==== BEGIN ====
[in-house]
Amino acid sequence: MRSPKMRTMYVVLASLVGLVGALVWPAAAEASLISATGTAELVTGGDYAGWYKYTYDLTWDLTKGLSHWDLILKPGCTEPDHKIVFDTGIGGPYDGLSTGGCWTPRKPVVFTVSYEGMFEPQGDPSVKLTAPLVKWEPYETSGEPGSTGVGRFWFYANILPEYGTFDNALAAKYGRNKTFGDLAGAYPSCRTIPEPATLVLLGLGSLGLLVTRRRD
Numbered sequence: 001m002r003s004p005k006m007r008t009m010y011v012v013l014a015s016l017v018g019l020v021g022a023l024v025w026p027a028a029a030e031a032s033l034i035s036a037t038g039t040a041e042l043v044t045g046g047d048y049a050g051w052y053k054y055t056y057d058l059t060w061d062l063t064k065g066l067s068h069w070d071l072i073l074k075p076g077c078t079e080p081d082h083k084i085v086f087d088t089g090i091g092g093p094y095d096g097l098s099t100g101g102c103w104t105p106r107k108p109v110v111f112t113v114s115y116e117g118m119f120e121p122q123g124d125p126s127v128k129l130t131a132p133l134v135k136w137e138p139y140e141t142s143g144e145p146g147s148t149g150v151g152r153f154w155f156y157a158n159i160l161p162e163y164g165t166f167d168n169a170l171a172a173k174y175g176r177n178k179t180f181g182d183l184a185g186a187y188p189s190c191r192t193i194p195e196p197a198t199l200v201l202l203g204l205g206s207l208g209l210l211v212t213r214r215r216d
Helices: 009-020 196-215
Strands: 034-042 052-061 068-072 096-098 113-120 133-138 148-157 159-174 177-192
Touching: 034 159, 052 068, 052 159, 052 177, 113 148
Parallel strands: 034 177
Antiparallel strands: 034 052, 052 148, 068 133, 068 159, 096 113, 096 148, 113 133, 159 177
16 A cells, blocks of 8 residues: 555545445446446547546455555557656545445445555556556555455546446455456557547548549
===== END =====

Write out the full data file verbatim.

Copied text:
[in-house]
Amino acid sequence: MRSPKMRTMYVVLASLVGLVGALVWPAAAEASLISATGTAELVTGGDYAGWYKYTYDLTWDLTKGLSHWDLILKPGCTEPDHKIVFDTGIGGPYDGLSTGGCWTPRKPVVFTVSYEGMFEPQGDPSVKLTAPLVKWEPYETSGEPGSTGVGRFWFYANILPEYGTFDNALAAKYGRNKTFGDLAGAYPSCRTIPEPATLVLLGLGSLGLLVTRRRD
Numbered sequence: 001m002r003s004p005k006m007r008t009m010y011v012v013l014a015s016l017v018g019l020v021g022a023l024v025w026p027a028a029a030e031a032s033l034i035s036a037t038g039t040a041e042l043v044t045g046g047d048y049a050g051w052y053k054y055t056y057d058l059t060w061d062l063t064k065g066l067s068h069w070d071l072i073l074k075p076g077c078t079e080p081d082h083k084i085v086f087d088t089g090i091g092g093p094y095d096g097l098s099t100g101g102c103w104t105p106r107k108p109v110v111f112t113v114s115y116e117g118m119f120e121p122q123g124d125p126s127v128k129l130t131a132p133l134v135k136w137e138p139y140e141t142s143g144e145p146g147s148t149g150v151g152r153f154w155f156y157a158n159i160l161p162e163y164g165t166f167d168n169a170l171a172a173k174y175g176r177n178k179t180f181g182d183l184a185g186a187y188p189s190c191r192t193i194p195e196p197a198t199l200v201l202l203g204l205g206s207l208g209l210l211v212t213r214r215r216d
Helices: 009-020 196-215
Strands: 034-042 052-061 068-072 096-098 113-120 133-138 148-157 159-174 177-192
Touching: 034 159, 052 068, 052 159, 052 177, 113 148
Parallel strands: 034 177
Antiparallel strands: 034 052, 052 148, 068 133, 068 159, 096 113, 096 148, 113 133, 159 177
16 A cells, blocks of 8 residues: 555545445446446547546455555557656545445445555556556555455546446455456557547548549